EntrepreneurshipIslamic Finance

Muslims thought the printing press was haram – now we might be repeating that mistake – but there is a solution

In 1515 the Ottoman Empire’s Sultan Selim I issued an edict banning the use of the printing press due to concerns from Ottoman scholars that it would be disrespectful to the Qur’an and knowledge. As a result, for the next 270 years the Muslim world did not use the printing press, while the technology became widely used in Europe.

This period roughly coincided with the Reformation period that then paved the way for the industrial revolution where European countries streaked ahead of the ailing Ottoman Empire.

In retrospect, the edict wasn’t the most thought-out of moves.

Now there are concerns history could be repeating itself, and Islamic scholarship could be at the risk of stymieing innovation and new technology due to caution.

In a nutshell the issue is that new technologies need testing and fully working themselves out live in the market (as opposed to on paper or theoretically) in order to full realise their potential – and if an inopportune fatwa buts a brake on progress at the wrong point there is a high risk of the printing press scenario repeating itself.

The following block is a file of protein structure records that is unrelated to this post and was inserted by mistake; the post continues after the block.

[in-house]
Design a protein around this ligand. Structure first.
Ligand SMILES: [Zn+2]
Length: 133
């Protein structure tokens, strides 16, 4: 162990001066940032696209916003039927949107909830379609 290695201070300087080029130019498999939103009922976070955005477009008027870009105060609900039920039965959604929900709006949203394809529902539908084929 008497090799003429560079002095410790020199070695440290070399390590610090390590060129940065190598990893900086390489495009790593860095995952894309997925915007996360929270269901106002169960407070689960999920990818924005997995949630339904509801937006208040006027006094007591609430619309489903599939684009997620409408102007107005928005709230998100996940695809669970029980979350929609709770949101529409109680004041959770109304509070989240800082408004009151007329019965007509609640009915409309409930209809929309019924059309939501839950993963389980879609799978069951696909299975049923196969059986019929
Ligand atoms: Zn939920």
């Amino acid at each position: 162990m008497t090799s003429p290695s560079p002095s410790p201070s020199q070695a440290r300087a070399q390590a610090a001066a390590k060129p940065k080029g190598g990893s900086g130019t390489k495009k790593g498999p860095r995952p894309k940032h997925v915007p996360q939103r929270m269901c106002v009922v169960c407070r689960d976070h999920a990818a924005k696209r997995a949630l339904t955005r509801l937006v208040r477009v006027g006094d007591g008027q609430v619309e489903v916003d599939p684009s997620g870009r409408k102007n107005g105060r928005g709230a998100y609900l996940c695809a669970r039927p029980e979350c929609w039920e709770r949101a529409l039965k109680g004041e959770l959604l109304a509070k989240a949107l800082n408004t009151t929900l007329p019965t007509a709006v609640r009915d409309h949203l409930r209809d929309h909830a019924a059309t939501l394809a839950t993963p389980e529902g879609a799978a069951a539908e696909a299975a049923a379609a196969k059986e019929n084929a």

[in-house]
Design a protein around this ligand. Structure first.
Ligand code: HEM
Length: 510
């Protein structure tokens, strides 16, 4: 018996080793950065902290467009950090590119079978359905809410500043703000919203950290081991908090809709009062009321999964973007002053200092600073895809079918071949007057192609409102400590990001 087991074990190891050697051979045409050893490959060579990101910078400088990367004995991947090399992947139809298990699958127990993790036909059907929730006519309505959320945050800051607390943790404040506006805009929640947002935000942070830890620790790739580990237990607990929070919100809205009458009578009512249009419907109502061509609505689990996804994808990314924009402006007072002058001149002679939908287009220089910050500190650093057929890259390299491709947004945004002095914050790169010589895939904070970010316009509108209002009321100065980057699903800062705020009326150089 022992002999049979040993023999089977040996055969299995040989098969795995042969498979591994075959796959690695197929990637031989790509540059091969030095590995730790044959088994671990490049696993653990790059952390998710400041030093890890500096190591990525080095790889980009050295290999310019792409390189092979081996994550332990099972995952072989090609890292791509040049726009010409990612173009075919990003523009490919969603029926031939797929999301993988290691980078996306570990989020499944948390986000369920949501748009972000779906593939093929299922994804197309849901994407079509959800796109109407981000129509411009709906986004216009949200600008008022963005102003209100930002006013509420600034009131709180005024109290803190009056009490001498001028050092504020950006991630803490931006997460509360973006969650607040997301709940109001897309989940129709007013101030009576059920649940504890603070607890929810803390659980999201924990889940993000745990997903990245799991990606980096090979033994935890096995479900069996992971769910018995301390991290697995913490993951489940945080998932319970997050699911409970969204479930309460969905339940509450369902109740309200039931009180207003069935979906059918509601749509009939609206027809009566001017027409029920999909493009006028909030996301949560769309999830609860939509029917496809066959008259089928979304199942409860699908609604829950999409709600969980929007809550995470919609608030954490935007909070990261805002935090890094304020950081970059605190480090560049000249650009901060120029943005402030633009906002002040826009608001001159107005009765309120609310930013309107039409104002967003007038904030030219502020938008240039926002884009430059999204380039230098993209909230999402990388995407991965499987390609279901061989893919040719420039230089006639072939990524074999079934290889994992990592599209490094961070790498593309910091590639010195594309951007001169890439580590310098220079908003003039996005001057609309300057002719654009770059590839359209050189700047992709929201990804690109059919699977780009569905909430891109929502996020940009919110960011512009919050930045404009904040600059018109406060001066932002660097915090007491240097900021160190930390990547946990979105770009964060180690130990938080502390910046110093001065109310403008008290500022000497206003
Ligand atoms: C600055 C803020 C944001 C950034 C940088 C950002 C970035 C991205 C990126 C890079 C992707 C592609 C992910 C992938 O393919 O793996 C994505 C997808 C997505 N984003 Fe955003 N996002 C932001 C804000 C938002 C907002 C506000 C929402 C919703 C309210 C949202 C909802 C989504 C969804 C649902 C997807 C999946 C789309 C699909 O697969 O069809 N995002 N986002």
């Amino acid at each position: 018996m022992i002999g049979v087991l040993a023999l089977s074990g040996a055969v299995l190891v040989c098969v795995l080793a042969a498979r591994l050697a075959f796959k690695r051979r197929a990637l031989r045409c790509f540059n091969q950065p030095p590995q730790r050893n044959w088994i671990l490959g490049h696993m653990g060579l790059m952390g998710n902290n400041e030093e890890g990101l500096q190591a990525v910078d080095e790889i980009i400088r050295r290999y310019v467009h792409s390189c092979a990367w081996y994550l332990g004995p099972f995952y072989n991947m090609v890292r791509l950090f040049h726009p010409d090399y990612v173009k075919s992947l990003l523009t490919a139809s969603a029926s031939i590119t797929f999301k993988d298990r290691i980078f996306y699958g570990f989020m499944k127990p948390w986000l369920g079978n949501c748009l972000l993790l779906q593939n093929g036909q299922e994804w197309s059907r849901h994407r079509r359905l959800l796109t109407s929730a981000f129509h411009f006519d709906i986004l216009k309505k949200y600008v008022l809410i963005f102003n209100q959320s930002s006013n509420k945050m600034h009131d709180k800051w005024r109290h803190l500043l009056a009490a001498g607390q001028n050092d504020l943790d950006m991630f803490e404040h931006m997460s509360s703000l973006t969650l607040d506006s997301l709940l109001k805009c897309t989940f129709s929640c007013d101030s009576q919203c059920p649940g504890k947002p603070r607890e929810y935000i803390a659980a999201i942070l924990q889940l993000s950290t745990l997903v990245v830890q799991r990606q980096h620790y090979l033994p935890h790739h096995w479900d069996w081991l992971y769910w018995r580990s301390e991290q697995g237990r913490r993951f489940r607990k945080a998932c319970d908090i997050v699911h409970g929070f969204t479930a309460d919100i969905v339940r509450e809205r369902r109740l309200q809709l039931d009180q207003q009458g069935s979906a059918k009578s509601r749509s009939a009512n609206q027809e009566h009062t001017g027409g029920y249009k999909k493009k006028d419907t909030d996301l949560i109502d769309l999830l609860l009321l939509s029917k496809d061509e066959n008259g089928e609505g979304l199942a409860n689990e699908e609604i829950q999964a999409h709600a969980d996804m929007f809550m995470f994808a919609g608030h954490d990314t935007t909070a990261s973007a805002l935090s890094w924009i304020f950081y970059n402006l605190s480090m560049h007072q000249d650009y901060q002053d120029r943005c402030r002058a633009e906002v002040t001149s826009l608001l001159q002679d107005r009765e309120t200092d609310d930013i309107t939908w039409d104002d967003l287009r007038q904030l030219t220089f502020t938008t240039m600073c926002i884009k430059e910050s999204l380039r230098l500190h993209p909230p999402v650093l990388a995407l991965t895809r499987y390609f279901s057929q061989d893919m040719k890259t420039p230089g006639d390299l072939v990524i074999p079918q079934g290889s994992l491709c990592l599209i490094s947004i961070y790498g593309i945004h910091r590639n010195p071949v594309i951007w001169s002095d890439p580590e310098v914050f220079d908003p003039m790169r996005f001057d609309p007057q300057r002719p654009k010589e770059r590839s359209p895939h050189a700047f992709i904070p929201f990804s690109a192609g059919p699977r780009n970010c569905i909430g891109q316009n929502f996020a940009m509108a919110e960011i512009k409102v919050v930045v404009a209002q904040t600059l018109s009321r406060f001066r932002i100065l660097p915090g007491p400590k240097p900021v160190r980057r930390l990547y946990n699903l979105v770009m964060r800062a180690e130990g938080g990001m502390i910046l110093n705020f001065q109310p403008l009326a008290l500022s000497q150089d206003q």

Also, any pre-empting Sharia opinion has a high risk of being inaccurate and damaging growth and innovation in the Islamic economy. And inevitably, this only creates confusion in the Muslim market and deters any future innovation. The crypto-asset space is a recent case study of how one issue can result in multiple opinions being issued from across the globe ranging from absolutely forbidden to permissible beyond doubt.

But there is a solution. Like modern regulators have come up with a “sandbox” concept, so too Islamic scholars could come up with a “Sharia sandbox”.

Introduction to Sandboxes

The first regulatory sandbox program was implemented in the UK by the Financial Conduct Authority (FCA) and opened for applications in 2016. Since then, a series of jurisdictions have also debuted sandbox-type programs, such as Malaysia, Bahrain, Australia, Canada, Singapore, Hong Kong, South Korea and others.

A regulatory sandbox is a framework set up by a regulator that allows FinTech start-ups and other innovators to conduct live experiments in a controlled environment under a regulator’s supervision.

The sandbox seeks to provide firms with:

  • the ability to test products and services in a controlled environment
  • reduced time-to-market at potentially lower cost
  • support in identifying appropriate consumer protection safeguards to build into new products and services
  • better access to finance

How does regulation in Islam work?

The institutions of Qadha (Islamic judiciary), Hisbah (market inspection), Qarar (resolutions), Mi’yar (standards) and Fatwa (Islamic edicts) are also Islamic regulatory tools with varying strength and power. Qadha by its essence requires a thorough investigation into a case before reaching any conclusive position. Hisbah is interrogative and seeks to understand the nature of matters before action. Qarar and Mi’yar go through several rounds of drafting, reviewing, consulting and understanding before being published. However, Fatwa is more of an independent scholarly exercise which defers from place to place in terms of its rules and speed of issuance.